Obedience Tested, Obedience Strengthened

Most everyone experiences recurring dreams.  On a recent morning, after a long night at the local Urgent Care with our fifteen-year old daughter, I experienced what has been, for many years now, what I would call a “recurring grace.” Like so many Catholic mothers, I am constantly in dialogue with our blessed Savior who loves us so much as to be both our brother and our King and Lord. He often stops me in my tracks, and, as if in a sort of heart whisper, I hear through His Spirit:

The Lord teaches in all things. The Lord is teaching me something in this.

I am by no means fluent in the classical languages, but I do know that “to obey” comes from a very old word which means “to hear.” It is so simple and good to want to hear God’s Will for our lives. So simple. At times, so hard.

Back to yesterday afternoon and into the darkness of the evening. We pulled up to one of the local grocery stores after my picking up three kids at two carpools. The middle school boys were hungry and wanted Gatorades and Doritos. They jumped out of the car, and then I felt my daughter’s hand press gently on my right arm,

“Wait mom, close the door…”

Her pretty face scrunched up and the tears flowed down as she told me she had been in pain all day. Her right side was a dull throb. The pain had been with her all day.

“Okay, stay calm…” I thought to myself. “I’ll go get the boys to hurry. Be right back,” I said to her leaving her alone in the van with her pain and concern.

She is our middle child, and typical of her birth order, she is the most resourceful, the least “high maintenance” of the three Sullivan youth. Her older sister is only 19 months her senior, and when they were toddlers, I had planned to meet another friend with children the same age at Zoo Atlanta. I was squatting by the front door fastening our older daughter’s shoes and, without looking up, called out in a loud voice to tell our second daughter to go get her shoes so that I could put them on. In no time, I could feel her standing near and bent around to see a little, almost white-haired 20-month old blinking those wide blue eyes and showing me that she already had her shoes on and was ready to go.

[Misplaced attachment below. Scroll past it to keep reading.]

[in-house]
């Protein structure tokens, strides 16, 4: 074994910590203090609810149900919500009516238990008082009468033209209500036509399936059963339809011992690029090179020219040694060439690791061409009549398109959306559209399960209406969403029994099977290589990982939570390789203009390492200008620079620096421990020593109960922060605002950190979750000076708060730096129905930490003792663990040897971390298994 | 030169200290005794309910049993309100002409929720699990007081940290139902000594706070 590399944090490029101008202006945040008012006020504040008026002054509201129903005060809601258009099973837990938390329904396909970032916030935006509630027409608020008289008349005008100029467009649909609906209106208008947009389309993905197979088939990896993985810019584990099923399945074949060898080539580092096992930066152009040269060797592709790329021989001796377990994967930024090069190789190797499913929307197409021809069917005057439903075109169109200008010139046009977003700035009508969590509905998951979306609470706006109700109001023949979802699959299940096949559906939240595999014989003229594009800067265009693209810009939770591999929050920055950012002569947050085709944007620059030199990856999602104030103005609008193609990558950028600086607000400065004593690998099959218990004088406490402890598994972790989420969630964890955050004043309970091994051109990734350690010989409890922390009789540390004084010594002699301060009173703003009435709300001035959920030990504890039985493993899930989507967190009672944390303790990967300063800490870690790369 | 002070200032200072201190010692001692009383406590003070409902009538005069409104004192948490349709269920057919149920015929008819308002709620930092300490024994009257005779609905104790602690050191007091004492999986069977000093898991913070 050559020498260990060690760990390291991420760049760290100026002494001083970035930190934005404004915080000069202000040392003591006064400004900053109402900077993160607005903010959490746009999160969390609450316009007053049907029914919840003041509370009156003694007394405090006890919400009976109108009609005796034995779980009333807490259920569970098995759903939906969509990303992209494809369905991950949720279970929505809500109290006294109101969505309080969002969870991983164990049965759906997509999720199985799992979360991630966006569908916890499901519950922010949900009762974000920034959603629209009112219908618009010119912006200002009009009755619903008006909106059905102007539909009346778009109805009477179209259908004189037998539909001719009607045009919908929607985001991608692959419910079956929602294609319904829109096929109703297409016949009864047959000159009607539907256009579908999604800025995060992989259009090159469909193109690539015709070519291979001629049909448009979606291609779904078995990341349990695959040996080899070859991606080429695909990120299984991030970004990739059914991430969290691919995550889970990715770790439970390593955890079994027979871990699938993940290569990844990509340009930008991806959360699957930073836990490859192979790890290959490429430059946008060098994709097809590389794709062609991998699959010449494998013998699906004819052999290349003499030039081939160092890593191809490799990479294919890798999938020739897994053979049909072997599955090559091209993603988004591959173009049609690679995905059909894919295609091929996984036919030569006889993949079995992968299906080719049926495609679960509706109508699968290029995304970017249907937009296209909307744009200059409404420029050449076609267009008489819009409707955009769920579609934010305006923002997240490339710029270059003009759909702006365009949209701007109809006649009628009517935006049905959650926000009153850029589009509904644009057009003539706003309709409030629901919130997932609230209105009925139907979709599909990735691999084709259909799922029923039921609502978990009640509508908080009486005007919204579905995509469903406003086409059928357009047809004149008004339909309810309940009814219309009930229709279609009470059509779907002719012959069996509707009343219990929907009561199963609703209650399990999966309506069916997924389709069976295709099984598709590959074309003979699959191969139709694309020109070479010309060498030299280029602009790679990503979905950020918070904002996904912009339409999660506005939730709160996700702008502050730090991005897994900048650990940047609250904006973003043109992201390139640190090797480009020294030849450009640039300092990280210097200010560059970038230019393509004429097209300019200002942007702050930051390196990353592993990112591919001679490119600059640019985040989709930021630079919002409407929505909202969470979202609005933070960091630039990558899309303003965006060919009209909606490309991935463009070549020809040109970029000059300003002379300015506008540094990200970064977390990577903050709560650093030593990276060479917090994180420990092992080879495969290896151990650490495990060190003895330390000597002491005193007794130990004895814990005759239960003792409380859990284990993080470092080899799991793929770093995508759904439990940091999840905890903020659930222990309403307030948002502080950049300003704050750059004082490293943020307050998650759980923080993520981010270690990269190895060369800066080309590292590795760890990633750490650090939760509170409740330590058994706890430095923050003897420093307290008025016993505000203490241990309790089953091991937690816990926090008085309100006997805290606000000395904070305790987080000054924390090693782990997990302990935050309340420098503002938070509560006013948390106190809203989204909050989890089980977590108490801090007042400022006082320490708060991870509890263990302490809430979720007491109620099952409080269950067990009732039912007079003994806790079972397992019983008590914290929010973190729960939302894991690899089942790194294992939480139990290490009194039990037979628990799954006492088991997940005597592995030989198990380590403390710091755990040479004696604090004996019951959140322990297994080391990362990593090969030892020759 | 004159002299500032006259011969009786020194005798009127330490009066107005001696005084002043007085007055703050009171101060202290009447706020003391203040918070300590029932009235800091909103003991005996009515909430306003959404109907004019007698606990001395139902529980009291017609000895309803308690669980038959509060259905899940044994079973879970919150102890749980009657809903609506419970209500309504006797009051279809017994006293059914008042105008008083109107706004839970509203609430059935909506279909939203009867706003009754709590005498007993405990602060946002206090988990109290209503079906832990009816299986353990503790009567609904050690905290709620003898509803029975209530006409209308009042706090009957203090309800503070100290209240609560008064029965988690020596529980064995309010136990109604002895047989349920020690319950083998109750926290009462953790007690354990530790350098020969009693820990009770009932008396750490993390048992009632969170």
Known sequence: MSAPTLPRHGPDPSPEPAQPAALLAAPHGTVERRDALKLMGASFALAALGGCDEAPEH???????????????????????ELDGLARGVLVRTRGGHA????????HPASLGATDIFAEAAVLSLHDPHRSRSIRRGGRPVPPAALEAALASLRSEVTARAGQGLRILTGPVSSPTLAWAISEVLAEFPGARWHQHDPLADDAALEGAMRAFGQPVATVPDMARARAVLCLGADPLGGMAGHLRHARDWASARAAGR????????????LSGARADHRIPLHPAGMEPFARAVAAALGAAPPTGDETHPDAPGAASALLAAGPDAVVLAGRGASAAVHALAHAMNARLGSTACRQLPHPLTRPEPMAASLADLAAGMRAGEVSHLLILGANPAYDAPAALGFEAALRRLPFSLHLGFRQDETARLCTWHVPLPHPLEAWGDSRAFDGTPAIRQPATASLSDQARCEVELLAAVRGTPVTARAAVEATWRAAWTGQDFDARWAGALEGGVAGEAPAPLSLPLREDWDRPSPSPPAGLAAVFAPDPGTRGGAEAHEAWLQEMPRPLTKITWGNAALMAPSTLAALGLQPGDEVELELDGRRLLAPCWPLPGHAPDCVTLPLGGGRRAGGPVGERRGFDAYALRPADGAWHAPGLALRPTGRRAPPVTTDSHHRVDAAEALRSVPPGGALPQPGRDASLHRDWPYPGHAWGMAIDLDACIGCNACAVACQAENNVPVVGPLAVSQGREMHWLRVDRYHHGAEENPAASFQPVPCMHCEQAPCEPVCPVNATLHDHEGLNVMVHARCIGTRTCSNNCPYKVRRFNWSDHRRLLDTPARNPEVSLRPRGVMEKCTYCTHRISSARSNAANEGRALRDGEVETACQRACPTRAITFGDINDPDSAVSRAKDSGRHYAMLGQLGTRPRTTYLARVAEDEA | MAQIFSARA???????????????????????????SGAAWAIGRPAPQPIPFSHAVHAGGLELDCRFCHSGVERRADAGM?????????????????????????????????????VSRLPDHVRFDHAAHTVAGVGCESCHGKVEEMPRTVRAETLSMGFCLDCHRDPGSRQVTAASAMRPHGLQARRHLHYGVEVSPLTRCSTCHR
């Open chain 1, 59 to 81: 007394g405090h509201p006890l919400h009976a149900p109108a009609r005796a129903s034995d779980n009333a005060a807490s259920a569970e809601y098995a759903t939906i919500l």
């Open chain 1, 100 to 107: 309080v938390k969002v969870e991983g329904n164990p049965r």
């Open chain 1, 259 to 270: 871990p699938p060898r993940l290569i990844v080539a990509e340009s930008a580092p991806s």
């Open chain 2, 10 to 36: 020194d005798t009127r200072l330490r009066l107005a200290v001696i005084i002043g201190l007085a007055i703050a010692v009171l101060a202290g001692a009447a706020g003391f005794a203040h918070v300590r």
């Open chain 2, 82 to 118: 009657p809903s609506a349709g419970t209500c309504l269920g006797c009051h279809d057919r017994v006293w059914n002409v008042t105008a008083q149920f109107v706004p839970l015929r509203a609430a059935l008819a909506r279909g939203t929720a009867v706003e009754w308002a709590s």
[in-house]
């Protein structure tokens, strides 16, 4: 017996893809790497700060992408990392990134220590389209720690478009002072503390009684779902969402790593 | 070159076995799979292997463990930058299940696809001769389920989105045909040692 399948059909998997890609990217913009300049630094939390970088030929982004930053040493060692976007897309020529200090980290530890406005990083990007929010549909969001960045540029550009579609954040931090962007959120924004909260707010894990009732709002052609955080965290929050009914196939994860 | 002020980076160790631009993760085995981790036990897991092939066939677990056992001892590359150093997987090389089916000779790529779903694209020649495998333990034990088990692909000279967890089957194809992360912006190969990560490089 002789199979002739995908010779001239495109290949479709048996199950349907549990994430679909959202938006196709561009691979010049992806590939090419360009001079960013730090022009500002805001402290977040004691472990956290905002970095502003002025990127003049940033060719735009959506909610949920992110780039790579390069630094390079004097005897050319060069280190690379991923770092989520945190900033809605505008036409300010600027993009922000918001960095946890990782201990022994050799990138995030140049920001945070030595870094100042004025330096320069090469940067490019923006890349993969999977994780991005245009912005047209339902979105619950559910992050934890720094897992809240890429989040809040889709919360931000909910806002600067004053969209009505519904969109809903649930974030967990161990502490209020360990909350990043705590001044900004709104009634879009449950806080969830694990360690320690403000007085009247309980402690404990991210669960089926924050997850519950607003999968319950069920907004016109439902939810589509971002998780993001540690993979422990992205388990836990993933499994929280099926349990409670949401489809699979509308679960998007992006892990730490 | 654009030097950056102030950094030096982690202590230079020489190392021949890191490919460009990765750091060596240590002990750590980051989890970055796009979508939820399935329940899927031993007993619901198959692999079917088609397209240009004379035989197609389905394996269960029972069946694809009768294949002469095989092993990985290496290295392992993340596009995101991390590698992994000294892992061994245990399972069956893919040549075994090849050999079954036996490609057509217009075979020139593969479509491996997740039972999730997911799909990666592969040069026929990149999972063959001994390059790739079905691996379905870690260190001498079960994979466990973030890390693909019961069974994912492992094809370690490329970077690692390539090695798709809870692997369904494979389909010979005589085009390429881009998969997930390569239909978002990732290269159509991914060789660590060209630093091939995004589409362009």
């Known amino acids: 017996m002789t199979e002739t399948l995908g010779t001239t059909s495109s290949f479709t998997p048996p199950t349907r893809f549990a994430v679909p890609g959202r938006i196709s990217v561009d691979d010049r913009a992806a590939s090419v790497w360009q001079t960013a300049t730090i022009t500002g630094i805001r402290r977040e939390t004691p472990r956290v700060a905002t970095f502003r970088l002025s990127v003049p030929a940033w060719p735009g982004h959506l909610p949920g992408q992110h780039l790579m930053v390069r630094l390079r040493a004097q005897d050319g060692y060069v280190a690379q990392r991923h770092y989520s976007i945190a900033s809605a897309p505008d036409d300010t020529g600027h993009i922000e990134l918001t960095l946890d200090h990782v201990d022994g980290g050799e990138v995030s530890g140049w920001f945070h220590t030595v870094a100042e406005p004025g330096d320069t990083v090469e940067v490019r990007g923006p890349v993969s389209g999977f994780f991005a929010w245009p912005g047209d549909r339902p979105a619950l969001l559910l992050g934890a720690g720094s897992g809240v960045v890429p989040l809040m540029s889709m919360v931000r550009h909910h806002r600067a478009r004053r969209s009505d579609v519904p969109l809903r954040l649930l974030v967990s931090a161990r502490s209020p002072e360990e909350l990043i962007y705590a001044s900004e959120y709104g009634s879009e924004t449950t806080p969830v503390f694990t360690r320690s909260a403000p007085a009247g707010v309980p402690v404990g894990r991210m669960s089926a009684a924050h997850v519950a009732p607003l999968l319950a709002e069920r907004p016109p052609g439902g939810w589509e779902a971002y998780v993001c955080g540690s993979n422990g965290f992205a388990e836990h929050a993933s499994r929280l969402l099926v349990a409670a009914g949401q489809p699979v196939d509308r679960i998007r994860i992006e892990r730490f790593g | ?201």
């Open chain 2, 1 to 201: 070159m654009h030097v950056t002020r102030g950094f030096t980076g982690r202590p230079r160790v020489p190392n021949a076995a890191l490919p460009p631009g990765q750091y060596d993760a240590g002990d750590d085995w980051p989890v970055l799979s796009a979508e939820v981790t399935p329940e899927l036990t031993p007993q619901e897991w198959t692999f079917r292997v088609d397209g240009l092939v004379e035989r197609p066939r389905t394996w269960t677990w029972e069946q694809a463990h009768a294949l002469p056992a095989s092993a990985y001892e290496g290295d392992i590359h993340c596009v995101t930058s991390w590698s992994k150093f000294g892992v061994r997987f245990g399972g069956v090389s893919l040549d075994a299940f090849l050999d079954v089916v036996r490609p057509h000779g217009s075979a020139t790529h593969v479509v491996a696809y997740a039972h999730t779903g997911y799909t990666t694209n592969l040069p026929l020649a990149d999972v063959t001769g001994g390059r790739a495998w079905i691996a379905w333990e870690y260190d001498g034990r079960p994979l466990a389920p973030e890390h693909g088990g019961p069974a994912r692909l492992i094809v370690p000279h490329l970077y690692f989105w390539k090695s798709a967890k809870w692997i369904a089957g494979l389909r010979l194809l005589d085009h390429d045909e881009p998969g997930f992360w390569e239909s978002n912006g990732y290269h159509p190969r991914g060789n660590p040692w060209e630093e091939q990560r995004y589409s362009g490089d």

My, how our Lord teaches us moms in these moments! Oh my, how much our dear Jesus loves us to give us the privilege of raising these children that we can only give to Him because He first gave us these miracles of His Creation along with all the graces necessary to keep up the good fight. I praise and thank the Father that over and over again, God has given me pause to live in His Presence through the sheer beauty of what it is to raise a family. Moving back in to the evening at Urgent Care, it slowly began to unfold for me that I (again!) had the privilege of accompanying a child of God through a series of “firsts.” Her first blood test; they were checking her white blood cell count for possible appendicitis…her first time to put on a hospital gown and her horrified look of having to leave the dressing room with an open back. I watched, waited and marveled as the nurse saw the look and asked my daughter, “Would you like a second gown to cover your back?”

“Yes, please.” Steady, tired, modest, beautiful. She closed the door to change in to her hospital gowns.

“Has your daughter ever had an x-ray before?” querried the nurse.

“No, she has not really been sick that much, never broken a bone, really not much trouble with her health at all…” and my thoughts drifted to the last time she was at Scottish Rite (now Children’s Health Care Atlanta), to the main hospital in the days before these wonderful interim facilities existed, she was around 19-months old and had contracted an intestinal virus that went from bad to worse so fast that I had put her in the van and in the carseat to drive her to the ER. My husband stayed home with our other daughter. I got us stuck in rush hour traffic going from the suburbs in to town, and she began to vomit blood, strapped in to the carseat with me at the wheel and no one to help.